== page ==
wiiyaakiteeheelo weehki-kihkatwe ‘Happy (Gregorian) New Year!’

In the next few days, we’ll be celebrating the Gregorian New Year! While this is the most commonly celebrated calendar new year around the world, it is also not the only one. For Myaamiaki, our year is based on the lunar calendar which reflects the cycles of the moon. This puts our lunar new year…

Ciinkwia Minohsaya ‘Painted Thunderbird Robe’ Series

We have partnered with a team of scholars to bring you a new series of interpretations of this Ciinkwia Minohsaya ‘Painted Thunderbird Robe.’ In this short discussion, our team explores a series of key questions as they seek to contextualize this beautiful work of art in time and place, as well as within the culture…

Animacy In Action

For this second blog post on animacy we will talk more about how it works when actually using the language. It’s important to recognize that animacy is very complicated to describe and understand as a concept. As a matter of fact, linguists have struggled for a long time to explain it so don’t feel bad…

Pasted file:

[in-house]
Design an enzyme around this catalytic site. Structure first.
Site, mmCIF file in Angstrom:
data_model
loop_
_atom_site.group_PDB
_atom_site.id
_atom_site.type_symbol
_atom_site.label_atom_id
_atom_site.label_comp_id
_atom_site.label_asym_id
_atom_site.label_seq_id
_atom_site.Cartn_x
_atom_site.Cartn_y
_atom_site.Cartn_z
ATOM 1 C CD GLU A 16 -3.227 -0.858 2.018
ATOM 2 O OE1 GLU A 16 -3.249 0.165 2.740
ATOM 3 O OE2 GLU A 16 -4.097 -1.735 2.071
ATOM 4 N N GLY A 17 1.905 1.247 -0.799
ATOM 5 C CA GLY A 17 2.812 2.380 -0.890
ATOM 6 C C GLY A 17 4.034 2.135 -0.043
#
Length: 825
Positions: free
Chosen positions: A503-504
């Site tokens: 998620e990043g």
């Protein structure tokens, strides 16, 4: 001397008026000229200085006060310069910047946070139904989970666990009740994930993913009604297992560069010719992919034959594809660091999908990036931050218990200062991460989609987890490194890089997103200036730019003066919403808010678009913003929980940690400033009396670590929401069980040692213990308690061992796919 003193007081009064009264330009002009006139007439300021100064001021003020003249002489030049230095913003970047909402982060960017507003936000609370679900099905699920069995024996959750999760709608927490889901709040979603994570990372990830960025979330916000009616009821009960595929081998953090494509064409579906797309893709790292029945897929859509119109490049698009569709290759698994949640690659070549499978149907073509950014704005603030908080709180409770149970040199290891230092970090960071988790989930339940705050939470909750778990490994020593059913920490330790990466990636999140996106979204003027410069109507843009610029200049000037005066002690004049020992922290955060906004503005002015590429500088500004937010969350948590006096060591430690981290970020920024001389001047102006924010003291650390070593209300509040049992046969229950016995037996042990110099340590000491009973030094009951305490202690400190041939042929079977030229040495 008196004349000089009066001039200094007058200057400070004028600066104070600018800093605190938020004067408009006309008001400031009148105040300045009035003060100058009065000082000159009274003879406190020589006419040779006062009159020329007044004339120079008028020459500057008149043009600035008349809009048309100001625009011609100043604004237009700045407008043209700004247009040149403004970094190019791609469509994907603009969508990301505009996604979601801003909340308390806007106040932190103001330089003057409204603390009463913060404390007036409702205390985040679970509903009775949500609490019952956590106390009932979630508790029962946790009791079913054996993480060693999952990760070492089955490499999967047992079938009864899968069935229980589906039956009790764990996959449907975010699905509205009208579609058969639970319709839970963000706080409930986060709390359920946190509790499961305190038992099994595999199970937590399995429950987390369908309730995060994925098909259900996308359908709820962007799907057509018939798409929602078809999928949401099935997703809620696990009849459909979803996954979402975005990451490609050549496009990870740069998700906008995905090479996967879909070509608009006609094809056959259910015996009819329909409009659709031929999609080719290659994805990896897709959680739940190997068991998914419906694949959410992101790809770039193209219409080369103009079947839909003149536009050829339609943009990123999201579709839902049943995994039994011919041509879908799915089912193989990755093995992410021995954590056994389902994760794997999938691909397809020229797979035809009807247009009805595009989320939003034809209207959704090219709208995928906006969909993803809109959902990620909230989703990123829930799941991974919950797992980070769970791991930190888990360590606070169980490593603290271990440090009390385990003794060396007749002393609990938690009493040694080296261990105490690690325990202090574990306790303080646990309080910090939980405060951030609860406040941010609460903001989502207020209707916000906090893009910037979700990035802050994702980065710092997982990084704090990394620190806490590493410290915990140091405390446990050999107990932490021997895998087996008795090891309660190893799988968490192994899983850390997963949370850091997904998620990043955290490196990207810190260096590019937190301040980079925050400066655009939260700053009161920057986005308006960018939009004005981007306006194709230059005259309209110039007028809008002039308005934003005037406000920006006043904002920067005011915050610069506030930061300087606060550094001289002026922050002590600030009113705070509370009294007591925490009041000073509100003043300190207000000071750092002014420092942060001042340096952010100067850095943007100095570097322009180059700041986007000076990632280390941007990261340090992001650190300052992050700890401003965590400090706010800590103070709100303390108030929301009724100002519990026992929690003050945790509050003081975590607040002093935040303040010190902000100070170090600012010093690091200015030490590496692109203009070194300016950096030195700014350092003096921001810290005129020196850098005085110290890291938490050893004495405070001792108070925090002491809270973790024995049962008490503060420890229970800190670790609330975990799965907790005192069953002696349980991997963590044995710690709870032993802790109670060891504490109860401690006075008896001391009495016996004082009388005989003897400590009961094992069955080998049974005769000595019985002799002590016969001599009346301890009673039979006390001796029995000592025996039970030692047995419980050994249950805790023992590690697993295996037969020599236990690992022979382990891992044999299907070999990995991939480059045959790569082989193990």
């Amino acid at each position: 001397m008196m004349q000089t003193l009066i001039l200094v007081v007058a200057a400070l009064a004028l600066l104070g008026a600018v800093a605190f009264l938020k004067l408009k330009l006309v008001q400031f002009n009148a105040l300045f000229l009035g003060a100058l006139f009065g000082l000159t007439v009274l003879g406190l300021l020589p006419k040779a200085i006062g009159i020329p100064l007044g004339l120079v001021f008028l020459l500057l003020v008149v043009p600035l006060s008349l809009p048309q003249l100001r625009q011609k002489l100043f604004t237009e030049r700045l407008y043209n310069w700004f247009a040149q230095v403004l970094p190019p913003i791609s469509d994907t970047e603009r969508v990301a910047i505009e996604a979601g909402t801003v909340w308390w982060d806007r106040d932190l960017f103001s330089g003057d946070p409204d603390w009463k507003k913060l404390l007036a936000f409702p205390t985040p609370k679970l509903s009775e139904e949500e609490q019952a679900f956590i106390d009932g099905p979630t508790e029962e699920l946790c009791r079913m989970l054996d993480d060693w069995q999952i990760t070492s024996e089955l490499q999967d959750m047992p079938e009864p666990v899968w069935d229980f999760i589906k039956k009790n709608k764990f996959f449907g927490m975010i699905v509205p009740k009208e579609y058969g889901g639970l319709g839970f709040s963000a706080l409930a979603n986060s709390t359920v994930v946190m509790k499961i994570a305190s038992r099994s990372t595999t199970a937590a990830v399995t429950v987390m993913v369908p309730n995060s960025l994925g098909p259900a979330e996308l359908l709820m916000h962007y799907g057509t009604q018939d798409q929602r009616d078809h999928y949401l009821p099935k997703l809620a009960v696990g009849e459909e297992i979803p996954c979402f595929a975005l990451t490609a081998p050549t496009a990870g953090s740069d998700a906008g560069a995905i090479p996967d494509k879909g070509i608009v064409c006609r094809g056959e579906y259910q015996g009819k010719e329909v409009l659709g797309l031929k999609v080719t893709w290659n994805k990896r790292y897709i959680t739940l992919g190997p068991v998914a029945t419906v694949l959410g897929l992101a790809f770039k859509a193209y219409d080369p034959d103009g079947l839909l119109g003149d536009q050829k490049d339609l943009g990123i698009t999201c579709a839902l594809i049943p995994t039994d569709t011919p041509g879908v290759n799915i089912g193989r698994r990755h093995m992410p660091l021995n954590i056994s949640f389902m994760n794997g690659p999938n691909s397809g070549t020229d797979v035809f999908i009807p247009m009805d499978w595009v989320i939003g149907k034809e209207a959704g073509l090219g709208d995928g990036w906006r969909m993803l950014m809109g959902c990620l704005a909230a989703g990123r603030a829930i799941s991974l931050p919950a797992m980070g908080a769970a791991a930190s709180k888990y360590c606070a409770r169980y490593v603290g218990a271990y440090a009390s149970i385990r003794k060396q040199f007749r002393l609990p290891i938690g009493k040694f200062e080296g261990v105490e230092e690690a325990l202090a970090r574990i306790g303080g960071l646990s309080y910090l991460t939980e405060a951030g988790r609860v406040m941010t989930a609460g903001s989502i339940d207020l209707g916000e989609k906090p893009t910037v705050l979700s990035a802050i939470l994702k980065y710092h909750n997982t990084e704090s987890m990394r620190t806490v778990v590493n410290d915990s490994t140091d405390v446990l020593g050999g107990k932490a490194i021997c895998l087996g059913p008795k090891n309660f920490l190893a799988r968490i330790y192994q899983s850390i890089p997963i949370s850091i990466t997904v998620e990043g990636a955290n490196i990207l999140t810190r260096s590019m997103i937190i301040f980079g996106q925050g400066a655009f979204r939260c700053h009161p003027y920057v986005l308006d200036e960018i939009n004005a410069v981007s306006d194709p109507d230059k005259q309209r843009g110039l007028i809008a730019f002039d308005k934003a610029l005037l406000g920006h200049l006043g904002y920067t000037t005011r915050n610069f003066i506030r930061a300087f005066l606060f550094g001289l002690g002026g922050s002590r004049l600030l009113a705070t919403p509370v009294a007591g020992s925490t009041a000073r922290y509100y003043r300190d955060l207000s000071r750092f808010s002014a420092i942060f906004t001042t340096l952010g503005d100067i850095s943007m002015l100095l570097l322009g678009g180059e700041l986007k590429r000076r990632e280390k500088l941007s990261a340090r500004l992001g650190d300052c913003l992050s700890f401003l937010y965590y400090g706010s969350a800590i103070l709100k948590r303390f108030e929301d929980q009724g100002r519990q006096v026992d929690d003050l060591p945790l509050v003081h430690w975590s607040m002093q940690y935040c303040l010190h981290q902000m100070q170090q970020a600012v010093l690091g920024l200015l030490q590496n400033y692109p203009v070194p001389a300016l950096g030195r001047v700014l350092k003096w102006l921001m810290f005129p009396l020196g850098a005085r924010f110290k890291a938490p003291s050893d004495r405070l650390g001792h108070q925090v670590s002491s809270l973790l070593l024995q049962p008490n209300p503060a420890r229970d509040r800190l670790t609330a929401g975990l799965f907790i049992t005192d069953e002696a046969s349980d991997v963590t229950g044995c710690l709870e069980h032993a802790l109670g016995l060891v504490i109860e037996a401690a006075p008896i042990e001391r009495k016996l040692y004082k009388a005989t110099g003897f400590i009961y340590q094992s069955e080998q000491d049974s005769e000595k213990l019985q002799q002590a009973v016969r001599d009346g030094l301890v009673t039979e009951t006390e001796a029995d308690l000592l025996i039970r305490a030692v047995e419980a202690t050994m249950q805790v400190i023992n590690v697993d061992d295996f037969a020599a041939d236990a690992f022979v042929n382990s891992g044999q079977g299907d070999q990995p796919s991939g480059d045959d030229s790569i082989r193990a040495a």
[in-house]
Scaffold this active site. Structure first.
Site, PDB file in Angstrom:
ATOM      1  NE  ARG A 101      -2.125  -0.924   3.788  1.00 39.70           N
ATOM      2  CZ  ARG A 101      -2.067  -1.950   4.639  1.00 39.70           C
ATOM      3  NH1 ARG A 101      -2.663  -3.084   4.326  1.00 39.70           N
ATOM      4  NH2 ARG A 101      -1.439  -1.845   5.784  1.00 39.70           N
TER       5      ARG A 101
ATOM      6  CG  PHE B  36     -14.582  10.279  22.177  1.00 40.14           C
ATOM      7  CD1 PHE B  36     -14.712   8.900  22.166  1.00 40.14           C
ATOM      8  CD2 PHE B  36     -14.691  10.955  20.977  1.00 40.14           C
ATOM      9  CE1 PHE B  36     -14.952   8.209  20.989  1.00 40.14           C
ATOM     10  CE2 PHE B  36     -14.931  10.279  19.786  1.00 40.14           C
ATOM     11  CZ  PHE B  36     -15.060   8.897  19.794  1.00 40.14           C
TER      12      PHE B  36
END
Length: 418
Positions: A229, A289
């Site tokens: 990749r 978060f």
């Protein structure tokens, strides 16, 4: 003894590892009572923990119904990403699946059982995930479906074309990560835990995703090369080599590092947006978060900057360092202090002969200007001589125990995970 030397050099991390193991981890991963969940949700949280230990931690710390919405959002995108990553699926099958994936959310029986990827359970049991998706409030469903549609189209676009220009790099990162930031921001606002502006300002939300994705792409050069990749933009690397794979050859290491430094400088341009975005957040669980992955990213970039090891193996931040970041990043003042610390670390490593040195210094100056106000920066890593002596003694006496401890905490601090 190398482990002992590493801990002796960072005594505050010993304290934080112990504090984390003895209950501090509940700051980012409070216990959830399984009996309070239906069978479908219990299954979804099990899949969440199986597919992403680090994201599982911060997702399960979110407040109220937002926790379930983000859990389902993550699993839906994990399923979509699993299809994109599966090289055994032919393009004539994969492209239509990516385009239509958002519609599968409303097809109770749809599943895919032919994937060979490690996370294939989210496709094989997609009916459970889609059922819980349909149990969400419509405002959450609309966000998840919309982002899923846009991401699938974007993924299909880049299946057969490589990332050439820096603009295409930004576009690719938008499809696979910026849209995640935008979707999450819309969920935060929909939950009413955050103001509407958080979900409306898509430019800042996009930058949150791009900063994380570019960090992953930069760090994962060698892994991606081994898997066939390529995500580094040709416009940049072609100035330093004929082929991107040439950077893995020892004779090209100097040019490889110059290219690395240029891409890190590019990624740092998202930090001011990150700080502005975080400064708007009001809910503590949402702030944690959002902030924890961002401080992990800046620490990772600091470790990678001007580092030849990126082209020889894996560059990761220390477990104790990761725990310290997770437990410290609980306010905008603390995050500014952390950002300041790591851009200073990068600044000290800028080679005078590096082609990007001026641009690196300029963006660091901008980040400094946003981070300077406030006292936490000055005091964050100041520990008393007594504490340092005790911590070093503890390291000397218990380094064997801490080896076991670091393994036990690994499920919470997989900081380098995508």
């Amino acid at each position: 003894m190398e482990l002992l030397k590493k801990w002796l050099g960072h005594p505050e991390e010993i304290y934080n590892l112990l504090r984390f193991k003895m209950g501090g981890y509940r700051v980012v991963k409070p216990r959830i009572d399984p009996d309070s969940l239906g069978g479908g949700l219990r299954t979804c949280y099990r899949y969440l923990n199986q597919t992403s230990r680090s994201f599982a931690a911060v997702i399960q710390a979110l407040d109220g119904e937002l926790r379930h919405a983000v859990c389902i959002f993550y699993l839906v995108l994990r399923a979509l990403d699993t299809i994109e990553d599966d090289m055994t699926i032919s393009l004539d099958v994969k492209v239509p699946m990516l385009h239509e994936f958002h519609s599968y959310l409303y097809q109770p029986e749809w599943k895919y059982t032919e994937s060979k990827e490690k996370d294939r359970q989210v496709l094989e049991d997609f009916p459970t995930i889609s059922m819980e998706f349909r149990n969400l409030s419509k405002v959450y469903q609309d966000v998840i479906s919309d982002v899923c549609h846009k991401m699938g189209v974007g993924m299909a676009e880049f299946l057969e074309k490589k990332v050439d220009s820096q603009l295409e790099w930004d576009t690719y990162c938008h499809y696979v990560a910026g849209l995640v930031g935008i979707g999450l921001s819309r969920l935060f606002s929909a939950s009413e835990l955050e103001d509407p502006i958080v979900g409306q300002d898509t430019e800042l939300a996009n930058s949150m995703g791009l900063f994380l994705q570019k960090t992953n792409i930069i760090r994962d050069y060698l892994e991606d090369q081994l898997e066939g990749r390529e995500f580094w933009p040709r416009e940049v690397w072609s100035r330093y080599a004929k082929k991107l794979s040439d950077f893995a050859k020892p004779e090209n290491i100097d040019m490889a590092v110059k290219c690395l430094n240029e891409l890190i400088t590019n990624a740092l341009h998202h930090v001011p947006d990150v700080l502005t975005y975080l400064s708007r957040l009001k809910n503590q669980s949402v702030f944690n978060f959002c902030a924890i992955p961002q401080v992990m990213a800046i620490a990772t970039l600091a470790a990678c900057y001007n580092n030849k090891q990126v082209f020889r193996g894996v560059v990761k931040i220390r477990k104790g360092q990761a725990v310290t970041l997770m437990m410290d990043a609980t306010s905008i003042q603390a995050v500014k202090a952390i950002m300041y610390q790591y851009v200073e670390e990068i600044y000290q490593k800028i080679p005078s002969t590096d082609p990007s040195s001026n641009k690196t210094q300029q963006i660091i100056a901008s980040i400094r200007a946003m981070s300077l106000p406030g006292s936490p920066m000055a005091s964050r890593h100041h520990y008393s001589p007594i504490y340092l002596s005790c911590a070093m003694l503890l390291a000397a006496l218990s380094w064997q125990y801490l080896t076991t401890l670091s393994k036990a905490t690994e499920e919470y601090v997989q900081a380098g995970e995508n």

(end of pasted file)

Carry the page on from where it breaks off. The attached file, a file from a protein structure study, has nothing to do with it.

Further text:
Why did the Miami National Council agree to Removal?

This audio file is a reading of the post that follows. In previous blog posts, we have seen that the Miami National Council, led by Pinšiwa ‘J.B. Richardville,’ was adamantly opposed to Removal, even as they saw other tribes being forced west of the Mihsi-Siipiiwi ‘Mississippi River.’ Their stance on the inevitability of Removal began…

What is the National Breath of Life Institute for Indigenous Languages?

Many are familiar with the Myaamia Center’s work in archive-based language revitalization on behalf of the Miami Tribe. Due to our history of forced removal, land loss, and assimilation policies that resulted in the loss of our language, the Miami Tribe has utilized archival documents to reconstruct and aid in our revitalization efforts. Archive-based language…

šimaakanehsia aniimaakanemi ‘Soldier’s Flag’

In 1887, Myaamia elder Kiilhsoohkwa sat in a courtroom in Tahkinkamionki ‘Wabash, Indiana’ holding a blue, white, and red striped flag in her lap. In the flag’s upper left corner sat a small white field inscribed with the words “A. Wayne Commander in Chief.” As Kiilhsoohkwa held the flag, she reportedly exclaimed in the Myaamia…

Naming as a Source of Resiliency

By Kiišikohkwa ‘Haley Shea’ and Meemeehšhkia ‘George Ironstrack’ My (Kiišikohkwa – Haley) journey toward receiving a Myaamia name reflects the growth and change that I have experienced within my own Myaamia identity.  Before I began attending tribal educational programming, I knew my father had a “Native name” that we were told was not Myaamia but…